Of course, by maneuvering both Obama and McCain into this White House summit, Bush nicely gives himself more political cover, since he can pass off any responsibility to the candidates. He is enhancing his own irrelevancy, so to speak.
Although I get that we have a crisis, I'm not sure that it has to be solved this week. The old saying "Marry in haste, repent at leisure" seems applicable here, because the rescue plan — or bailout if you insist — will marry us to another humongous debt (over $2000 for every man, woman, and child) added to an already enormous debt ($9,795,549,839,894 more or less).
The premise everyone seems to be operating from is that the system is collapsing because all those mortgage-backed securities investors are sitting on have lost value. The Bush bailout plan wants to attack that problem by buying up the distressed securities, allowing everything to go back to normal. But normal is the problem!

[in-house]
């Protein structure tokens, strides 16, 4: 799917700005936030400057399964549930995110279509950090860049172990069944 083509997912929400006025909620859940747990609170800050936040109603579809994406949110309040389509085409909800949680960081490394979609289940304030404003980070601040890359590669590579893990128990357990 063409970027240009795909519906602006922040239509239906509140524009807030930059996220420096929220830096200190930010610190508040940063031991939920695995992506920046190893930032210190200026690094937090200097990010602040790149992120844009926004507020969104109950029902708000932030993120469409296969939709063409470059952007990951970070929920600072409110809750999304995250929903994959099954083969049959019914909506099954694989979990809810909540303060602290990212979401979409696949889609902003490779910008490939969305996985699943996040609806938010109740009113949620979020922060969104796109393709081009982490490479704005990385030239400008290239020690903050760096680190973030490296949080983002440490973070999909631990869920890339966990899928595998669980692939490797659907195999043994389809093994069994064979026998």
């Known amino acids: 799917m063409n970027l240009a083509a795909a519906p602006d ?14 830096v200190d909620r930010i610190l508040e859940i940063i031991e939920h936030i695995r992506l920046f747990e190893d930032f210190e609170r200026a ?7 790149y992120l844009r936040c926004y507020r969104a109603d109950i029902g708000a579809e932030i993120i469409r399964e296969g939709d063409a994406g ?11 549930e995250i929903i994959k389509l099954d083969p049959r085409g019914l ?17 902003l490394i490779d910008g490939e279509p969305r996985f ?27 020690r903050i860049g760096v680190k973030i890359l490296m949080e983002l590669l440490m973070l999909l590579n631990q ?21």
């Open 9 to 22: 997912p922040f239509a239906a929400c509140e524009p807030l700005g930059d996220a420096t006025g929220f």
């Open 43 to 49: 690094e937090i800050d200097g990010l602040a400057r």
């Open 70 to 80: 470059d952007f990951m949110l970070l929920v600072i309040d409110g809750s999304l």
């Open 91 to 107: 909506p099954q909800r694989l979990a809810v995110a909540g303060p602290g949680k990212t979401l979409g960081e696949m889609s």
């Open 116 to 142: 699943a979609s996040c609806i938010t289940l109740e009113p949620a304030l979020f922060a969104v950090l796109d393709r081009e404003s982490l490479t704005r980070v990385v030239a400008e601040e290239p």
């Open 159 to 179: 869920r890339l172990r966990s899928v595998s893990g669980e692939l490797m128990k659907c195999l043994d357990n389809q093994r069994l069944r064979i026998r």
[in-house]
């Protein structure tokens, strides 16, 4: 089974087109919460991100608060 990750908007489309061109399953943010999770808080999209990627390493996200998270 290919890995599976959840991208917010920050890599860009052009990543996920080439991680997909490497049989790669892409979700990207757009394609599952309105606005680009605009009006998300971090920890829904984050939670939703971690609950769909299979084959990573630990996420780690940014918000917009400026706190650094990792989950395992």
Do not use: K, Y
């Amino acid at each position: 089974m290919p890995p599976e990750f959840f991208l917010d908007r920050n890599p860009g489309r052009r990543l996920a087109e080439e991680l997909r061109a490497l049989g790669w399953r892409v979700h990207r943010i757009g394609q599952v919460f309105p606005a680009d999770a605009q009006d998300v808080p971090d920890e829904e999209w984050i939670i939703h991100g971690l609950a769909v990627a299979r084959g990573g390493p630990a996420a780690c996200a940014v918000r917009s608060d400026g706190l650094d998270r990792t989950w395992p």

The prevailing mindset seems to be We have to do something. Anything!
But if the underlying problem is that those securities don't have value, instead of removing the securities from the system, why not try to restore the value? Supposedly they've lost value because too many people aren't paying their mortgages and are going through foreclosure. How about fixing the mortgages? If somebody can't pay their mortgage because the interest rate has gone too high, lower the rate so people can pay. I know I may be simple-minded, but simple often gets the job done when complexity causes everything to grind to a halt.